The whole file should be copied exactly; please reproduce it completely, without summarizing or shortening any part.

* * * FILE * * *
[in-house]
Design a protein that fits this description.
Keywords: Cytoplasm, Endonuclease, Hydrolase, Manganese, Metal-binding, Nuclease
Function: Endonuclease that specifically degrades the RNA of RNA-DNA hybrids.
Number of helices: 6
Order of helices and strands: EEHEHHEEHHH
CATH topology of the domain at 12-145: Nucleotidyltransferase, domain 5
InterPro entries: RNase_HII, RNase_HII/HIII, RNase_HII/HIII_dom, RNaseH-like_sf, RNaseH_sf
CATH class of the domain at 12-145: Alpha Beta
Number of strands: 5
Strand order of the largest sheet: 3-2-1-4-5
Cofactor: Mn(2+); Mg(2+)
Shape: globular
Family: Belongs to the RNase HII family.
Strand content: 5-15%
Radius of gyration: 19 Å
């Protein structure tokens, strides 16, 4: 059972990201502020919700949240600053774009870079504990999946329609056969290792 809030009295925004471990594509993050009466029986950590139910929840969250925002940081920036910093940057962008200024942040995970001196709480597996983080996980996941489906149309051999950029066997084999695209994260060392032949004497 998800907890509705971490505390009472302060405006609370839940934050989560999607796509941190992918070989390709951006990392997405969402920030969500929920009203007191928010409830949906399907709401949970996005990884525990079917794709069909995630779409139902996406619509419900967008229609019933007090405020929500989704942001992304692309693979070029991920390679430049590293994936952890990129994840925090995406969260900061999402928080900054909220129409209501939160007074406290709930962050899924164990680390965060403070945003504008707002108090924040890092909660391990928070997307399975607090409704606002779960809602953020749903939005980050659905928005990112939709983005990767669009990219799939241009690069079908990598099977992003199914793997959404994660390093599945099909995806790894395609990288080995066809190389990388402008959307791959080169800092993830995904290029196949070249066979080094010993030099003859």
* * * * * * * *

[in-house]
Design a protein that fits this description.
Keywords: Cytoplasm, Endonuclease, Hydrolase, Manganese, Metal-binding, Nuclease
Function: Endonuclease that specifically degrades the RNA of RNA-DNA hybrids.
Number of helices: 6
Order of helices and strands: EEHEHHEEHHH
CATH topology of the domain at 12-145: Nucleotidyltransferase, domain 5
InterPro entries: RNase_HII, RNase_HII/HIII, RNase_HII/HIII_dom, RNaseH-like_sf, RNaseH_sf
CATH class of the domain at 12-145: Alpha Beta
Number of strands: 5
Strand order of the largest sheet: 3-2-1-4-5
Cofactor: Mn(2+); Mg(2+)
Shape: globular
Family: Belongs to the RNase HII family.
Strand content: 5-15%
Radius of gyration: 19 Å
């Protein structure tokens, strides 16, 4: 059972990201502020919700949240600053774009870079504990999946329609056969290792 809030009295925004471990594509993050009466029986950590139910929840969250925002940081920036910093940057962008200024942040995970001196709480597996983080996980996941489906149309051999950029066997084999695209994260060392032949004497 998800907890509705971490505390009472302060405006609370839940934050989560999607796509941190992918070989390709951006990392997405969402920030969500929920009203007191928010409830949906399907709401949970996005990884525990079917794709069909995630779409139902996406619509419900967008229609019933007090405020929500989704942001992304692309693979070029991920390679430049590293994936952890990129994840925090995406969260900061999402928080900054909220129409209501939160007074406290709930962050899924164990680390965060403070945003504008707002108090924040890092909660391990928070997307399975607090409704606002779960809602953020749903939005980050659905928005990112939709983005990767669009990219799939241009690069079908990598099977992003199914793997959404994660390093599945099909995806790894395609990288080995066809190389990388402008959307791959080169800092993830995904290029196949070249066979080094010993030099003859």